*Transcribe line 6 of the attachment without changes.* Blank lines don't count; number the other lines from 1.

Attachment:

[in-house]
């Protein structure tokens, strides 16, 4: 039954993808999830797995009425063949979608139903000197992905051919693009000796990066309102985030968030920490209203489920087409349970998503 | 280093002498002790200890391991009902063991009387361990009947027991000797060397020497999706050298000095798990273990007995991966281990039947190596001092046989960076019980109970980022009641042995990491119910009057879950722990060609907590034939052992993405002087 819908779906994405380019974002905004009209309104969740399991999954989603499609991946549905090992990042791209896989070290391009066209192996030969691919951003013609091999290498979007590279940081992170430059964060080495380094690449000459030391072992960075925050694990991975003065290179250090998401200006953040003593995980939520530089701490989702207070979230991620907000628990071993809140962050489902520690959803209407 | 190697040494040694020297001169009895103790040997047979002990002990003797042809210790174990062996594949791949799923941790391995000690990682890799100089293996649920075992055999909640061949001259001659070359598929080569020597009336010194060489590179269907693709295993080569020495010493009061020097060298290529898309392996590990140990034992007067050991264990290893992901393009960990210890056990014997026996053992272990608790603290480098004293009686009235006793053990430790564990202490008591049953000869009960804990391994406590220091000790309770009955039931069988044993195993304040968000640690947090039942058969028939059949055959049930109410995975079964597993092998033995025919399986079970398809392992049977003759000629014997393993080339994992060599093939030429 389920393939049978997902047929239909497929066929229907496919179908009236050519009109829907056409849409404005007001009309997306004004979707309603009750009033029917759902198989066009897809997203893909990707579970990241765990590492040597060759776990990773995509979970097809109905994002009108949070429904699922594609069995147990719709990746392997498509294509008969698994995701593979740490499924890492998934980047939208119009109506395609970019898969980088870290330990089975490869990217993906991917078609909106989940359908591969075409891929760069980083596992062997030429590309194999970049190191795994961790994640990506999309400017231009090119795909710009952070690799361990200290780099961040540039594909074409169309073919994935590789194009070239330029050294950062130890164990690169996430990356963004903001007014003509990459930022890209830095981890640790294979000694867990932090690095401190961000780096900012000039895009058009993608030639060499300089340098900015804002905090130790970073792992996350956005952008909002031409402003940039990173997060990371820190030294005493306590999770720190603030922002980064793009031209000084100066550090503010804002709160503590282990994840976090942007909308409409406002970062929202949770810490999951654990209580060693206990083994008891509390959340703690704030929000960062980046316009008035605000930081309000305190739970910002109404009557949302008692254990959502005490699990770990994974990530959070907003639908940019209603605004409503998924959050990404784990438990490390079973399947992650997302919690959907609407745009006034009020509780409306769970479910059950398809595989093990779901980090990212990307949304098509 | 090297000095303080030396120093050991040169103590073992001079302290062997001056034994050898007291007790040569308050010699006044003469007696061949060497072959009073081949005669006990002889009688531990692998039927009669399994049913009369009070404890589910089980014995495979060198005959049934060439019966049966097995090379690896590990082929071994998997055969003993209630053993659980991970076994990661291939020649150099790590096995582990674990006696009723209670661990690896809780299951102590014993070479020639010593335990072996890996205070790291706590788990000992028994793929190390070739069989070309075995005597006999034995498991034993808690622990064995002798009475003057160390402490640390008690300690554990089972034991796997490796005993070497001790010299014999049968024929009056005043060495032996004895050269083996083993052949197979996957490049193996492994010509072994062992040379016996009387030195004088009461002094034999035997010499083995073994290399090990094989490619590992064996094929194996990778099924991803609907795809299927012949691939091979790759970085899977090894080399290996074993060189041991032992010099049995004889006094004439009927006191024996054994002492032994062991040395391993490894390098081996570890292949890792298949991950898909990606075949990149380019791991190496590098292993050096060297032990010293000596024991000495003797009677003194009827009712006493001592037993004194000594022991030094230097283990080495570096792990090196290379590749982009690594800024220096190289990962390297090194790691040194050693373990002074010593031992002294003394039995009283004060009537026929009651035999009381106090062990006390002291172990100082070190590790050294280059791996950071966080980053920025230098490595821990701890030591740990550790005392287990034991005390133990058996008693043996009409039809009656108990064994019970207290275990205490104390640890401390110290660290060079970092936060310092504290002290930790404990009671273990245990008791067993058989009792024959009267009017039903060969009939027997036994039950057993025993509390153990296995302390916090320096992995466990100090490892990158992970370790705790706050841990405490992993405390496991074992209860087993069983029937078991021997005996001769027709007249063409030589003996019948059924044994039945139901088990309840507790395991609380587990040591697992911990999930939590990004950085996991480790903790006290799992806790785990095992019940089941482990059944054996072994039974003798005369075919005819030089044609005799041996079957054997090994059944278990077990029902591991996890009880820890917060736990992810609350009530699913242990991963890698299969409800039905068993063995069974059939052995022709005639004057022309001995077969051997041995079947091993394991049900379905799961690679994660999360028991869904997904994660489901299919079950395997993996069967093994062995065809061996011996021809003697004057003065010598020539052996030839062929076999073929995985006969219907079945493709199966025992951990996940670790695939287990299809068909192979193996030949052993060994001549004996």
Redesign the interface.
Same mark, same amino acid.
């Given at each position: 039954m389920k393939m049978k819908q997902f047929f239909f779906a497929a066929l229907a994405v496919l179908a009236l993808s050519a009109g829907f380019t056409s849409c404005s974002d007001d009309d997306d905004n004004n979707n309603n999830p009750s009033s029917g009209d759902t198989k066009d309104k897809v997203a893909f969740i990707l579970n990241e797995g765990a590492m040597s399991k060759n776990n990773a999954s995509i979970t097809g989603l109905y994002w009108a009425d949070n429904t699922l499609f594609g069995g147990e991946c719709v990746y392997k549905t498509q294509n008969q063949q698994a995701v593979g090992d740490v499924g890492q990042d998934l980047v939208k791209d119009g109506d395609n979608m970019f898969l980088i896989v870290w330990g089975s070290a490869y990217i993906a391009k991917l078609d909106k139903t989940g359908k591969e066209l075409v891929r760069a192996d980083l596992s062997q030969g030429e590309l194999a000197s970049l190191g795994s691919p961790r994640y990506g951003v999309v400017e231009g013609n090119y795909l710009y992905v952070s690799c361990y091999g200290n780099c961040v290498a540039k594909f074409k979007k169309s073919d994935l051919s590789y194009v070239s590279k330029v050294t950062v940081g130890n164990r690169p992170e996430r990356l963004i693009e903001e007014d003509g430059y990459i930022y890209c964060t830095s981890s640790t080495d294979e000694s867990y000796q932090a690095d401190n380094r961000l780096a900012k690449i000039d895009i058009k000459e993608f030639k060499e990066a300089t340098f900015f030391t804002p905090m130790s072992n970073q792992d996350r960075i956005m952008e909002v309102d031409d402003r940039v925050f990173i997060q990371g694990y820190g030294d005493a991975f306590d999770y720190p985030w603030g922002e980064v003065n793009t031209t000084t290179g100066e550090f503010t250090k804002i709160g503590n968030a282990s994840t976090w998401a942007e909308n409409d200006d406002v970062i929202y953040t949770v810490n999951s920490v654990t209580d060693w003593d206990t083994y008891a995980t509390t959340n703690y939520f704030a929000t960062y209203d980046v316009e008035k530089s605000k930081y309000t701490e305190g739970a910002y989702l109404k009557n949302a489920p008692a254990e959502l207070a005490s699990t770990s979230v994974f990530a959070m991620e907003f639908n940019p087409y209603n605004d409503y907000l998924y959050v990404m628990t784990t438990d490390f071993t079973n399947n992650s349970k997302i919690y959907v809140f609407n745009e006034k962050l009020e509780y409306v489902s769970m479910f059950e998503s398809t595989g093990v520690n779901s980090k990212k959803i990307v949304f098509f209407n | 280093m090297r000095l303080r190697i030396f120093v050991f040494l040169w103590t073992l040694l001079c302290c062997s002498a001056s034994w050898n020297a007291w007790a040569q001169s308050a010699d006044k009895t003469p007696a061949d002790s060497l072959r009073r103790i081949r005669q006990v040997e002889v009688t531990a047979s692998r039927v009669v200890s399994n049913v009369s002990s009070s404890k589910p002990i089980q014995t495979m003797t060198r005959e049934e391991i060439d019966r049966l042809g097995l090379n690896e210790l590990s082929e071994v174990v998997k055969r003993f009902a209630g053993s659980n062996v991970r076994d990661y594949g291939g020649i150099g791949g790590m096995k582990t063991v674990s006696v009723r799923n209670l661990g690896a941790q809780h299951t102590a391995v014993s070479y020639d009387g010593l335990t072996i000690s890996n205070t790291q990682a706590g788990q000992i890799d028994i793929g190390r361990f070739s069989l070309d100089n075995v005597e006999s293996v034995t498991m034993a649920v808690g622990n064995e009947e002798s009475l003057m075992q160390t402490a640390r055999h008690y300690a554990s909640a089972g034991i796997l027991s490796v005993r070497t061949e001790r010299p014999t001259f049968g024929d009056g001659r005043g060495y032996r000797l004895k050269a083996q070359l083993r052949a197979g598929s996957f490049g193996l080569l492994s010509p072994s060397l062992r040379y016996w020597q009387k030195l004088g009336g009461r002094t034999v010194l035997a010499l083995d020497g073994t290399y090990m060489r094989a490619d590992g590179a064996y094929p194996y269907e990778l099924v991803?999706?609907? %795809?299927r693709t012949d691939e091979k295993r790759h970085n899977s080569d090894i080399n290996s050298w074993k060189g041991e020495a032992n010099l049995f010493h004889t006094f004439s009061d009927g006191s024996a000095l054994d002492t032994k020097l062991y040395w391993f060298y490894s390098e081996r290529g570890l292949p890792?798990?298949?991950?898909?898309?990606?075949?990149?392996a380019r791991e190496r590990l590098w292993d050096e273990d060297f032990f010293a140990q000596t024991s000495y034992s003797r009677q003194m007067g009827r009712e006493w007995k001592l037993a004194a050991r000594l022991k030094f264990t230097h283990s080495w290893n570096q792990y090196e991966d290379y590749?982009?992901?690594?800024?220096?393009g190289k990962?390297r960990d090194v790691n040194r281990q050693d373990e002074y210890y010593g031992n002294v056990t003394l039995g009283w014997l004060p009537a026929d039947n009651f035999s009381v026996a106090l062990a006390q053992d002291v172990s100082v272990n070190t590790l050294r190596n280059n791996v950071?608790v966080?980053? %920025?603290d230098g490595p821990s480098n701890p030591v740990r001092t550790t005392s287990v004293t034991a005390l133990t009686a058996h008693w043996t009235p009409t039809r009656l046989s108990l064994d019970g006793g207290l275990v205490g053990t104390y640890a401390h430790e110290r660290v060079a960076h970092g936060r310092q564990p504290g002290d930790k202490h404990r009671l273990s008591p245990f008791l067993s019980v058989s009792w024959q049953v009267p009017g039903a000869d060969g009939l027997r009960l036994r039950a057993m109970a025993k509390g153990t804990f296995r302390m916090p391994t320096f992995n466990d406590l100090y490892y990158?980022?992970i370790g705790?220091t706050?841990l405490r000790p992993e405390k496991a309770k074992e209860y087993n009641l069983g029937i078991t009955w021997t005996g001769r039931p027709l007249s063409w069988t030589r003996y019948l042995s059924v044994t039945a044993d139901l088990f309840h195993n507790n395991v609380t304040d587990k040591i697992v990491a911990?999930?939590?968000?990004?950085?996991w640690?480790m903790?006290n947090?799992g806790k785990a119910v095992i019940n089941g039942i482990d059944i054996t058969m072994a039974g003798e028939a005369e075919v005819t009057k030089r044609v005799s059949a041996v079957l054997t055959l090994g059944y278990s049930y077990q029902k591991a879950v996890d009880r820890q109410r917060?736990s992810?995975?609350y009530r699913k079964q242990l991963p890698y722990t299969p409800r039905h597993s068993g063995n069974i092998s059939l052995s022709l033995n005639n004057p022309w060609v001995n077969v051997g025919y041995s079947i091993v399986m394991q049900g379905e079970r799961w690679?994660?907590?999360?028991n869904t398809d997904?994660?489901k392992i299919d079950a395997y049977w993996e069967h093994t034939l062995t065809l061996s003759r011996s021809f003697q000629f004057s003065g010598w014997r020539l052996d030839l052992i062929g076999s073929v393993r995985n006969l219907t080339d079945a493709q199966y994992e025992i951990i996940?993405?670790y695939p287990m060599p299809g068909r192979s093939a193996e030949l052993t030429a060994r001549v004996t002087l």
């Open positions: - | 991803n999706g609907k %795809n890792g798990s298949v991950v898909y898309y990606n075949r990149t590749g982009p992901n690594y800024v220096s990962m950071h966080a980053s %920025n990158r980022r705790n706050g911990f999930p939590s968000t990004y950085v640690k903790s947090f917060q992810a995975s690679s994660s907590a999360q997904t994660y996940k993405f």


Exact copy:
């Open positions: - | 991803n999706g609907k %795809n890792g798990s298949v991950v898909y898309y990606n075949r990149t590749g982009p992901n690594y800024v220096s990962m950071h966080a980053s %920025n990158r980022r705790n706050g911990f999930p939590s968000t990004y950085v640690k903790s947090f917060q992810a995975s690679s994660s907590a999360q997904t994660y996940k993405f």